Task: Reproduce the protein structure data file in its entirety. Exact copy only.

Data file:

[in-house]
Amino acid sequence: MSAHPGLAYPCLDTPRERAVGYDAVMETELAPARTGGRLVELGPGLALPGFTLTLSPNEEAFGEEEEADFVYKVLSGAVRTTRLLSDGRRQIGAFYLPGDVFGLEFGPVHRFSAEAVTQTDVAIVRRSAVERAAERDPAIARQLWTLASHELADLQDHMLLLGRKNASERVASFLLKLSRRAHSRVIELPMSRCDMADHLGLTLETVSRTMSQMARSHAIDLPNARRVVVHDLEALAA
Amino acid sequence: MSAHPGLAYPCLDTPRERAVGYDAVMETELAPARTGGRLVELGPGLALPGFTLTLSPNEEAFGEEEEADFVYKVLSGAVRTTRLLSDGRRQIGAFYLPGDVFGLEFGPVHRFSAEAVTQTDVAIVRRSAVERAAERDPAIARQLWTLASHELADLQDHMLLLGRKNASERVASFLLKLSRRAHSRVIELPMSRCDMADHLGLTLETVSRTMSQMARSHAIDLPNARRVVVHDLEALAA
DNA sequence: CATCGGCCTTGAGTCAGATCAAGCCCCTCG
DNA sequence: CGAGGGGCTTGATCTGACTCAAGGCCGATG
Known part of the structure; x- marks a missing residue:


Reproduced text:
[in-house]
Amino acid sequence: MSAHPGLAYPCLDTPRERAVGYDAVMETELAPARTGGRLVELGPGLALPGFTLTLSPNEEAFGEEEEADFVYKVLSGAVRTTRLLSDGRRQIGAFYLPGDVFGLEFGPVHRFSAEAVTQTDVAIVRRSAVERAAERDPAIARQLWTLASHELADLQDHMLLLGRKNASERVASFLLKLSRRAHSRVIELPMSRCDMADHLGLTLETVSRTMSQMARSHAIDLPNARRVVVHDLEALAA
Amino acid sequence: MSAHPGLAYPCLDTPRERAVGYDAVMETELAPARTGGRLVELGPGLALPGFTLTLSPNEEAFGEEEEADFVYKVLSGAVRTTRLLSDGRRQIGAFYLPGDVFGLEFGPVHRFSAEAVTQTDVAIVRRSAVERAAERDPAIARQLWTLASHELADLQDHMLLLGRKNASERVASFLLKLSRRAHSRVIELPMSRCDMADHLGLTLETVSRTMSQMARSHAIDLPNARRVVVHDLEALAA
DNA sequence: CATCGGCCTTGAGTCAGATCAAGCCCCTCG
DNA sequence: CGAGGGGCTTGATCTGACTCAAGGCCGATG
Known part of the structure; x- marks a missing residue: